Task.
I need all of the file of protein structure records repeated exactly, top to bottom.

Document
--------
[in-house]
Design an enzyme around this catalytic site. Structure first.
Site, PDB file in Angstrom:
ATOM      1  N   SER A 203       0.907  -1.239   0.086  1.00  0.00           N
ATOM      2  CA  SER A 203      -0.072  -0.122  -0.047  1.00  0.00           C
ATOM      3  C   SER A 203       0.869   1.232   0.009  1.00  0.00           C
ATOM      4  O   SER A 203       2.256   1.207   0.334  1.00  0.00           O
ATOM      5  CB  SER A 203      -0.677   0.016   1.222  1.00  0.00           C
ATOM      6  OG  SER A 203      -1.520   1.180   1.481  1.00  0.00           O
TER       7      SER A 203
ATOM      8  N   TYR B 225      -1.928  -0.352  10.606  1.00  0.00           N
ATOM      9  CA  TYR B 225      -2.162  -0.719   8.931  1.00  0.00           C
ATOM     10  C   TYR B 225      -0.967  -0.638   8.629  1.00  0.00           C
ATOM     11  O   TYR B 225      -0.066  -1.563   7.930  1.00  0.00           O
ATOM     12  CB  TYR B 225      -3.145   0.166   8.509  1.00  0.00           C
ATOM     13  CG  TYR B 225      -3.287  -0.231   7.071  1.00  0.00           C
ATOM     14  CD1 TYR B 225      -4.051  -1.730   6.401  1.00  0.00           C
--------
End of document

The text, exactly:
[in-house]
Design an enzyme around this catalytic site. Structure first.
Site, PDB file in Angstrom:
ATOM      1  N   SER A 203       0.907  -1.239   0.086  1.00  0.00           N
ATOM      2  CA  SER A 203      -0.072  -0.122  -0.047  1.00  0.00           C
ATOM      3  C   SER A 203       0.869   1.232   0.009  1.00  0.00           C
ATOM      4  O   SER A 203       2.256   1.207   0.334  1.00  0.00           O
ATOM      5  CB  SER A 203      -0.677   0.016   1.222  1.00  0.00           C
ATOM      6  OG  SER A 203      -1.520   1.180   1.481  1.00  0.00           O
TER       7      SER A 203
ATOM      8  N   TYR B 225      -1.928  -0.352  10.606  1.00  0.00           N
ATOM      9  CA  TYR B 225      -2.162  -0.719   8.931  1.00  0.00           C
ATOM     10  C   TYR B 225      -0.967  -0.638   8.629  1.00  0.00           C
ATOM     11  O   TYR B 225      -0.066  -1.563   7.930  1.00  0.00           O
ATOM     12  CB  TYR B 225      -3.145   0.166   8.509  1.00  0.00           C
ATOM     13  CG  TYR B 225      -3.287  -0.231   7.071  1.00  0.00           C
ATOM     14  CD1 TYR B 225      -4.051  -1.730   6.401  1.00  0.00           C